Apple manipulates the Apple operating system market by actively preventing it from being used on the same, equal hardware provided by a different vendor. That's anti-competitive behavior which is an anti-trust violation under U.S. law. You can ask Microsoft about that, I do believe they had to pay a hefty fine for that same behavior. The fact that Apple holds a lower percentage of the PC market has no bearing on trying to prevent fair competition.

Gillette has been sued plenty of times for anti-competitive behavior.
post #77 of 135
Quote:
Apple manipulates the Apple operating system market by actively preventing it from being used on the same, equal hardware provided by a different vendor. That's anti-competitive behavior which is an anti-trust violation under U.S. law. You can ask Microsoft about that, I do believe they had to pay a hefty fine for that same behavior. The fact that Apple holds a lower percentage of the PC market has no bearing on trying to prevent fair competition.

What Apple OS Market are you crapping about? Do Apple allow their OS to be installed on certain PC manufacturers like Dell or HP or some other brand? No, they made the OS and install it on their own product. Its not like they contract some other maker to make an OS specific for them that only they can use. So what, means that you should sue Sony PS3 because its console OS is specific on PS3, sew XBox 360 because their OS is specific to their hardware, sew every MP3 player out there because each has their own OS that can only run on their own system. Why don't you sew every company out there that make their own stuffs for their own products. You will be richer then Warren Buffett in no time.
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post #78 of 135
Lets be quite clear on this SSA, because you appear to be taking my point the wrong way.

When I say that the US market for a mid-range upgradeable consumer tower... "is actually shrinking" That's exactly what I mean! Not JUST the market SHARE.... but the actual number of potential customers.

I then gave you my reasoning. Apple nearly tripling their share over the last 4 years. Notebook sales overtaking desktops. The recent NetBook trend adding to the rise in NON-desktops. The fact that mainstream PC manufacturers are adding AOIs and mini desktops to their line-ups.

Add those trends to the real figures.
US PC sales in 2004: 62 million
US PC sales in 2004: 68 million (est.)


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Originally Posted by SSA View Post

On desktops I am afraid it is. Except for Apple most of the AIO machines have been absymal failures. You can stand outside any store that sells computers and you will find that almost every desktop going out the door will be a minitower. Heck, even online you will find that excluding Macs the vast majority of the best selling computers are mini-towers. If you look at Amazon's top selling desktops half of them are HP mini-towers the last I checked.

Personally, I don't loiter outside PC stores. Quoting the Amazon best seller list is pretty unscientific.... but I'll play!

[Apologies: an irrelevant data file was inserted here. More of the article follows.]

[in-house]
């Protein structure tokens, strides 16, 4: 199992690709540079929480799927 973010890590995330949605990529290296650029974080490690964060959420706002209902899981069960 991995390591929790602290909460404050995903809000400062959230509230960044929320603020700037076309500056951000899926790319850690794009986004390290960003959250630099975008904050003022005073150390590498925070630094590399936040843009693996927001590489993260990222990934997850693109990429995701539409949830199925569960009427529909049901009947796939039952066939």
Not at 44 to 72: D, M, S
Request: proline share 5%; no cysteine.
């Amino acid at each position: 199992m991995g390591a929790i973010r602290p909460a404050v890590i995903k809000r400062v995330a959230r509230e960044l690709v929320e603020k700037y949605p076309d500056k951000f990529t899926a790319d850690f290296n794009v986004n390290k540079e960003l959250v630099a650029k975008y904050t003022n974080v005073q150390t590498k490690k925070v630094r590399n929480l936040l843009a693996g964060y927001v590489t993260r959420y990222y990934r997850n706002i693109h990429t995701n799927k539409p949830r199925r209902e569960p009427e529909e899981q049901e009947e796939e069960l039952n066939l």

Today's Amazon top 50 desktops:

25% Apple products. Plus misc PC home servers and mini types.
25% HP and Sony All-In-Ones. The "absymal failures"
25% PC Towers under $ 500.00 (mini and maxi towers)
25% PC Towers OVER $ 500.00 (mini and maxi towers)


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The mini-tower configuration isn't some niche market. These potential Apple customers aren't theoretical, they are real people.

Yes of course they are. Hell I might even be one of them. But my contention is that Apple is already picking them off one by one. Even if the PC AOIs are not as successful as the iMac they are still selling. And the largest contributor to the desktop's decline is the rise of the notebook... in all it's shapes and sizes.

If you think that any of these trends are about to do a 360 then yes, perhaps the consumer tower will not end up as a niche product.
post #79 of 135
Quote:
Originally Posted by sflocal View Post

Absolute worst-case scenario should Psystar win is that Apple will just discontinue the option to purchase OSX CD's at a retail level. Hackers and whiners would be forever stuck at 10.5 since the only option to get to 10.6 and above is to have an actual Apple computer with some method to authenticate the machine to qualify for an OSX upgrade. Either download OSX upgrades and have it validate the machine or purchase it at an Apple store only with an original purchase receipt and somehow encrypt the binaries to unlock only for that specific serial#.

Case closed. A year from now, this will all be a memory and hopefully, the whiners will wilt away.

People that support Psystar or feel entitled to an "Open" OSX system are either clueless, ignorant, selfish or all of the above. This is all about a company's right to protect its IP property. Any other company would do the exact same thing but for some reason, the whiners think Apple should be excluded from that.

mac os x is way to big to be download only.
post #80 of 135
Apple's position is weak. I've said it from the start. (There's a link in my sig to my full argument, but the short version is that Psystar isn't breaking any laws and EULAs are not applicable nor are they proven effective in court in anything beyond piracy cases.)

I suspect Apple is going to go the Think Secret route and buy Psystar out of business. This case is going to set an important precedent that could have an impact on Apple's business. I don't think Apple would worry about the court costs if they had a strong enough case to put Psystar out of business and send a strong message to would-be Mac clone makers.